Proposal for University District Would Set New Height Limits
The City of Columbus is moving ahead with plans to change the zoning code to better reflect recommendations made in the University District Plan. That plan was adopted in 2015 after more than a year’s worth of community meetings, but discrepancies between its recommendations and existing zoning (which the plan did not change) have been an issue in a neighborhood that is seeing many large-scale development proposals.
The proposed changes would establish two new zoning sub-districts for commercial development. A Regional Mixed Use (RMX) district would allow 72-foot tall buildings along North High Street, south of Norwich Avenue. A Neighborhood Mixed Use (NMX) district would set a 45-foot limit on new construction along West Lane Avenue, between High and the Olentangy River.
That’s an increase compared to the existing zoning along much of High and Lane, with it’s 35-foot height limit. In practice, though, developers have been able to build much higher, either by obtaining variances or by taking advantage of a provision that allows for increased height if upper floors are set back further from the street – known as “step back, step up.”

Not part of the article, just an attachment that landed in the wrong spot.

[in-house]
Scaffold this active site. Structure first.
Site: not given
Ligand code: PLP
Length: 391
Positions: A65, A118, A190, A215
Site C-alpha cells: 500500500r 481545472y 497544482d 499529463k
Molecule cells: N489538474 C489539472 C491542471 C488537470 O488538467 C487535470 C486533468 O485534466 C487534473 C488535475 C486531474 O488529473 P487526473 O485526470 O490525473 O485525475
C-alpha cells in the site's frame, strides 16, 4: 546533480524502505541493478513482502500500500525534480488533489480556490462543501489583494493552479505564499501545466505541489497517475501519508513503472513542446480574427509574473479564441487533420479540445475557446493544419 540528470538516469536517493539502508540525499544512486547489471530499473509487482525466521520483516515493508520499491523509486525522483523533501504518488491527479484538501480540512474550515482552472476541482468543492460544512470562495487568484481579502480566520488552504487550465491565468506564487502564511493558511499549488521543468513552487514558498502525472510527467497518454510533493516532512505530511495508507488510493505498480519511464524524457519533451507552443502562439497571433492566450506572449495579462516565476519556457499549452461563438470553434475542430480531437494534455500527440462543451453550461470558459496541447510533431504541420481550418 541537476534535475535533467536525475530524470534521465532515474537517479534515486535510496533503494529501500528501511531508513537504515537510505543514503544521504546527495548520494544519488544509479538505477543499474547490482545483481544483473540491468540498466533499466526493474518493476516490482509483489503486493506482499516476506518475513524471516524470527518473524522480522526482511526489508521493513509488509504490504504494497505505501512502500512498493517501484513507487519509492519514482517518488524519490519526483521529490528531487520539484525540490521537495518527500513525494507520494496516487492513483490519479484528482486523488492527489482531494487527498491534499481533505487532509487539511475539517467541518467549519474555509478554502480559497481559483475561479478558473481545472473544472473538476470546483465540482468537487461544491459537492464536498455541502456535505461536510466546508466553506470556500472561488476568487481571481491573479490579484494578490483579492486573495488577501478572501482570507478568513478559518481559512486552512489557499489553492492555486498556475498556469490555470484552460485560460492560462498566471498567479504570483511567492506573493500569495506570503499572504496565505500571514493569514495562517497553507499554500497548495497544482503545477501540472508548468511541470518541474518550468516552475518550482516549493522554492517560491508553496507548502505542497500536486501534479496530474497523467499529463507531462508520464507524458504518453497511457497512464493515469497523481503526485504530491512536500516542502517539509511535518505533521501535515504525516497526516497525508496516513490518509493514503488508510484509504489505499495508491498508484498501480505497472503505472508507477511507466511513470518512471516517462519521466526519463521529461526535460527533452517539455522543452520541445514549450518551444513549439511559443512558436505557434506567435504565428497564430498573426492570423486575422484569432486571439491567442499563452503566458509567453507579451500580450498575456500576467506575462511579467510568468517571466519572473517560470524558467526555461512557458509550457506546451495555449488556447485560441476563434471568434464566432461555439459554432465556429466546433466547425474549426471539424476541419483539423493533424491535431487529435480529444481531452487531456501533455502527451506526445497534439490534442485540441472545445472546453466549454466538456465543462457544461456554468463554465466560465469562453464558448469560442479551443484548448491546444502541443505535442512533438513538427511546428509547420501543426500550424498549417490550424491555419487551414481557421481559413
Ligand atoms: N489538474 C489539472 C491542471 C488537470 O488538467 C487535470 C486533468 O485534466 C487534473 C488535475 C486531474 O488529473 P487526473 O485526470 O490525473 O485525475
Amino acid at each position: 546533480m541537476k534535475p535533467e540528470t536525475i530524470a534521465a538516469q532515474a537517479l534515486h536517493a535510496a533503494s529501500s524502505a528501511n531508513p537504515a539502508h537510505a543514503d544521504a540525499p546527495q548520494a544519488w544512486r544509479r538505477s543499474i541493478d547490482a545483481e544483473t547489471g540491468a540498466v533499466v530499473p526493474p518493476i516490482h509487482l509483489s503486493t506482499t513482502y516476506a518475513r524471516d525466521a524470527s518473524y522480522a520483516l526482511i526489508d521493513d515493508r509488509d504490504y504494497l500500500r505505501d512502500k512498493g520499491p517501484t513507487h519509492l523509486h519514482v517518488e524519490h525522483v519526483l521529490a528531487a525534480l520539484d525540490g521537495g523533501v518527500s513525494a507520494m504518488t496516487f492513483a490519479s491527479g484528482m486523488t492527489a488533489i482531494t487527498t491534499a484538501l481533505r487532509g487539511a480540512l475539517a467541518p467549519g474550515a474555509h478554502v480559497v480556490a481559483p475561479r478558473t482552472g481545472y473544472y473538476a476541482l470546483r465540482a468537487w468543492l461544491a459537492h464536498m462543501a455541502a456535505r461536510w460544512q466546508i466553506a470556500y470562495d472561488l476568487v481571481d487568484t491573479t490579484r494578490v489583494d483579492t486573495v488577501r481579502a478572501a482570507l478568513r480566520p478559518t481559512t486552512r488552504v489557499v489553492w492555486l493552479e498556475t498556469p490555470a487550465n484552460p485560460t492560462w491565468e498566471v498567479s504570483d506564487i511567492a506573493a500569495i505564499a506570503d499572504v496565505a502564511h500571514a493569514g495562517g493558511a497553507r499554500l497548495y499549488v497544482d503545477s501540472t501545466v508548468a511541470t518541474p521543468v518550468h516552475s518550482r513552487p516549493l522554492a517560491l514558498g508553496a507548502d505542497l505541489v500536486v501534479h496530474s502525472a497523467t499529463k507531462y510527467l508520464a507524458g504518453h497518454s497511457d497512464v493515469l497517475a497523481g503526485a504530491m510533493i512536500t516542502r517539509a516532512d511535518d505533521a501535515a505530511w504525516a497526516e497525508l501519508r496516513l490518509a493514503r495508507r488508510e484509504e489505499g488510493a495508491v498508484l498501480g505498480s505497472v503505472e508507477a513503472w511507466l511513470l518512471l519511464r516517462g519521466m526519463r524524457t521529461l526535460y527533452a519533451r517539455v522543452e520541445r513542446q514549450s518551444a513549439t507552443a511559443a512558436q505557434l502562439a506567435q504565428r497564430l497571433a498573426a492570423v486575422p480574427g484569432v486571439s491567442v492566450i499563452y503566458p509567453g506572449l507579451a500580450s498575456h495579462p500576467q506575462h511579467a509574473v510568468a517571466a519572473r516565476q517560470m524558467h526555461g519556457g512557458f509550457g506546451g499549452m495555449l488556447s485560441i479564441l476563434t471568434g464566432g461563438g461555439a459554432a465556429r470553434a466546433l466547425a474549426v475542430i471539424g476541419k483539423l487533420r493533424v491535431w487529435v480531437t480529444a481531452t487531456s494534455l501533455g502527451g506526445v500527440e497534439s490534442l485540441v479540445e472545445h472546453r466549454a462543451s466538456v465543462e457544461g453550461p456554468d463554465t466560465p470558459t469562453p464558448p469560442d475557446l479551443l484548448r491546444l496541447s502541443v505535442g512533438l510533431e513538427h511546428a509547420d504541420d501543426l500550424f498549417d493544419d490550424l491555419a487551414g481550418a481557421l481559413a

The original proposal for the View on Pavey Square development, for instance, called for a new 11-story building on High between Northwood and Oakland avenues. A building that tall was not in compliance with the recommendations of the University District Plan, but it did conform to existing zoning because of the way it stepped up a floor at a time as it moved further back from High.
The primary goal of the city’s proposed changes — officially called the University Area Planning Overlay Update — is to simplify the code and establish uniform standards based on the guidelines set forth in the plan.
Some of the other goals of the update, according to information provided by the city;
- Focus density along High and Lane adjacent to OSU, reducing development pressure in other areas
- Codify lower-intensity development in NMX sub districts, consistent with existing development
- Reduce commercial parking requirements, in recognition of the pedestrian and transit-oriented nature of the neighborhood
- Tie residential parking requirements to beds rather than units, encouraging more diverse unit mixes
- Eliminate duplication and confusion caused by the Urban Commercial Overlay
- Consider expansion of the area covered by the University Area Review Board
A public meeting to discuss the proposed changes is scheduled for Monday, July 25th. More information on the process and a chance to provide feedback can be found on the city’s website.